The 15 members of the United Nations Security Council voted unanimously on Friday to approve a resolution requiring Syria to eliminate its stockpile of chemical weapons.
The resolution states that Syria “shall not use, develop, produce, otherwise acquire, stockpile, or retain chemical weapons.” If Syria does not comply, the resolution states that the Security Council can decide to invoke Chapter VII of the U.N. Charter.
Judith Kullberg, a Russian politics professor at Eastern Michigan University, explained that Chapter VII of the U.N. Charter allows the Security Council to invoke economic sanctions or use military force.
“[Chapter VII] is the teeth of this resolution,” Kullberg said. “If Syria does not comply, the council will use those powers within 24 hours.”
The U.S. and Russia worked together and agreed upon the framework of this resolution earlier in the month. Kullberg said she feels that relations between the U.S. and Russia could improve from here as the initial impasse evolved into an agreement between the two countries.
President Obama’s threat to invade Syria after the chemical weapons attack on Aug. 21 struck a nerve with the Russian government, as illustrated by Vladimir Putin’s opinion editorial in The New York Times earlier in the month.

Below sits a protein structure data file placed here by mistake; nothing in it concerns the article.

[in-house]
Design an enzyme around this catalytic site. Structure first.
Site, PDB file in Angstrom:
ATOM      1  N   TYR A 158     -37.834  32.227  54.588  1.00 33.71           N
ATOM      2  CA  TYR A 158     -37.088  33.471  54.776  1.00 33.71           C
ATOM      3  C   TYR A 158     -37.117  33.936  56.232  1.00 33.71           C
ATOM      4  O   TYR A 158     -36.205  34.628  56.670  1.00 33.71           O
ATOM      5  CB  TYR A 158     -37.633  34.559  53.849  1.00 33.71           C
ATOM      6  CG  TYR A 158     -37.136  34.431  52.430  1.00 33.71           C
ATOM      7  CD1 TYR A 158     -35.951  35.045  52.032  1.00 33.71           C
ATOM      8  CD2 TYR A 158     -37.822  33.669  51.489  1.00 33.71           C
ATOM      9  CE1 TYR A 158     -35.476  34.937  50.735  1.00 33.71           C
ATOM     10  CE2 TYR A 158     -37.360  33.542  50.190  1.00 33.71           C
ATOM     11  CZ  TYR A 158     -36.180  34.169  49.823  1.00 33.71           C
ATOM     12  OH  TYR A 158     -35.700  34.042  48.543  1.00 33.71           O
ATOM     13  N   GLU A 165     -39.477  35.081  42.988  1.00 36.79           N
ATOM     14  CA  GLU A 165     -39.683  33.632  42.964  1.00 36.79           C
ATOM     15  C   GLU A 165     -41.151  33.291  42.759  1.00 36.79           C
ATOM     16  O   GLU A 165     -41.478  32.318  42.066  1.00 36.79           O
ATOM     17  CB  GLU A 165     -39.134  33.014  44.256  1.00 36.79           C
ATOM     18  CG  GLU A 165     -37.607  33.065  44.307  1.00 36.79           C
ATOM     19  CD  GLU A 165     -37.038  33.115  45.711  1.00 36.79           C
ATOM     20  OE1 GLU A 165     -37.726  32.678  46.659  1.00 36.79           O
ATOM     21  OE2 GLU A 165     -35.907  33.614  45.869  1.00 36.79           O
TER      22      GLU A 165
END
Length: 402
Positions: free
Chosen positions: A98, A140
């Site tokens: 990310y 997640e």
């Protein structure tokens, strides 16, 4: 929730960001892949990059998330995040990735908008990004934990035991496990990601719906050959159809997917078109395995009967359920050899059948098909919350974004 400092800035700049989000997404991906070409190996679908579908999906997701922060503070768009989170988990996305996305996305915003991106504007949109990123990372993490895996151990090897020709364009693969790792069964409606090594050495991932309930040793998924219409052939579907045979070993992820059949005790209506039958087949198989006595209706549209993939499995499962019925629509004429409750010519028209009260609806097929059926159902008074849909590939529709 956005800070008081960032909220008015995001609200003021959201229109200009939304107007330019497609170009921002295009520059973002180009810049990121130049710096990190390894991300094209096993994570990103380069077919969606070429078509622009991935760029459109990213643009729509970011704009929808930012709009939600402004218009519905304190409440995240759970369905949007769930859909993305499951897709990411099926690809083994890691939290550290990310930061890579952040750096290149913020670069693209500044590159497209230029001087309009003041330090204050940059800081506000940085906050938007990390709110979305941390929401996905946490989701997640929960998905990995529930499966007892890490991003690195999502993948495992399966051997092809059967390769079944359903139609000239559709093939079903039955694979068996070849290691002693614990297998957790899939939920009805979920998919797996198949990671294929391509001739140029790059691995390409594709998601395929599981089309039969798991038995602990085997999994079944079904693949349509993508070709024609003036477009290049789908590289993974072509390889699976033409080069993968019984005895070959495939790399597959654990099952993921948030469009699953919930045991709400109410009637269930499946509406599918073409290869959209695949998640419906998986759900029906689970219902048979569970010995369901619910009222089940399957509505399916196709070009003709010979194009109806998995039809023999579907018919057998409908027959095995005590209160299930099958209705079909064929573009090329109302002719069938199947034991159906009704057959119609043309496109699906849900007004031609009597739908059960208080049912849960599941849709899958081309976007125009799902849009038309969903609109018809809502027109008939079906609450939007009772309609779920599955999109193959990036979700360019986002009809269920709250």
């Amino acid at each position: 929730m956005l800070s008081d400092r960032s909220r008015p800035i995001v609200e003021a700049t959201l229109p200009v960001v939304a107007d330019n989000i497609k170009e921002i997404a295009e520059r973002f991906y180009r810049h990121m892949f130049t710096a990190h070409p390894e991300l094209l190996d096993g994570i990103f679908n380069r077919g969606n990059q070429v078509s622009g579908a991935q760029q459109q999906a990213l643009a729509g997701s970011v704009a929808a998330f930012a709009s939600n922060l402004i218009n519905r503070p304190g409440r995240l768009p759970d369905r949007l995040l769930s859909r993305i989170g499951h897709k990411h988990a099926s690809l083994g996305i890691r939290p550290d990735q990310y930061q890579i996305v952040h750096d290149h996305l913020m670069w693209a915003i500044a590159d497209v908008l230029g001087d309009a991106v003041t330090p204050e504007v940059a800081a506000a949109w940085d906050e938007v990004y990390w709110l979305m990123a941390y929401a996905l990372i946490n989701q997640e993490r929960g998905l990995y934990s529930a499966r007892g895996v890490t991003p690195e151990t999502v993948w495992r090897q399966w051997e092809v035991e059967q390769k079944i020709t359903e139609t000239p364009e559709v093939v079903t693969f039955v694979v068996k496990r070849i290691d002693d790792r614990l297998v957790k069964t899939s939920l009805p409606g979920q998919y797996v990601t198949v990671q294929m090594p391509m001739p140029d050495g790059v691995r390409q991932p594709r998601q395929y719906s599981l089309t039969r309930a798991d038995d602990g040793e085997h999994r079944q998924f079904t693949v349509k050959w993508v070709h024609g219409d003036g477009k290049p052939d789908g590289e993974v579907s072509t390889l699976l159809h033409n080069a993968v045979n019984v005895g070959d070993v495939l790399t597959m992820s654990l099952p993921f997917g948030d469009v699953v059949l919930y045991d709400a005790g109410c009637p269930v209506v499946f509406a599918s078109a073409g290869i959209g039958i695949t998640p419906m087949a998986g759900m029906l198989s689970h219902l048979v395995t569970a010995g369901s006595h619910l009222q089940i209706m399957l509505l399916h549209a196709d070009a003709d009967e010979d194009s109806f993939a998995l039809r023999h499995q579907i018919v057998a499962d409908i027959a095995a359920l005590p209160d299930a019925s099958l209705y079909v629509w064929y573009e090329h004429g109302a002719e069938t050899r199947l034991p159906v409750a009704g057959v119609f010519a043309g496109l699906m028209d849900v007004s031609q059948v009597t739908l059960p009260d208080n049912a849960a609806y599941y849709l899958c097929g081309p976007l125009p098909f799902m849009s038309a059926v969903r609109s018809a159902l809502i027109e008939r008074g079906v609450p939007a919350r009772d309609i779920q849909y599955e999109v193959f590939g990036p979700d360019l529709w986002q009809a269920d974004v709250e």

“The conflict between Russia and the United States arises from the tendency of the U.S. to act outside of the U.N.,” Kullberg said. “Russia sees it as a threat to international order.”
This is important to note since President Obama backtracked on his original threat to invade Syria in order to pursue a diplomatic resolution with Russia and the rest of the U.N.
“The implications of acting independently were way too high,” said Brittany Motyka, a senior and international affairs major.
Omar Tibi, a 2012 EMU graduate, feels that without the immediate threat of force, Bashar al-Assad, the president of Syria, will not give up his chemical weapons that easily.
“Something very fishy is going on here,” Tibi said. “Syria is not going down without a fight.”
Tibi agrees with skeptics who believe that the Russians may use their veto power in the Security Council to buy the Assad government more time if they do not comply with the terms of the resolution.
“I think that’s already what they have been doing,” Tibi said. “Syria is one of Russia’s largest buyers of equipment.”
Contrarily, Motyka strongly supports this U.N. resolution and said she believes that Assad will comply to avoid a larger war.
“Hopefully, this will change the course of the game,” Motyka said.
According to the U.N. News Center, after the U.N. voted on this resolution, Secretary General Ban Ki-Moon said the international community is planning to hold an international peace conference on Syria in mid-November.
“This is progress and a stepping stone,” Motyka said. “I am hoping that peace in Syria is possible.”
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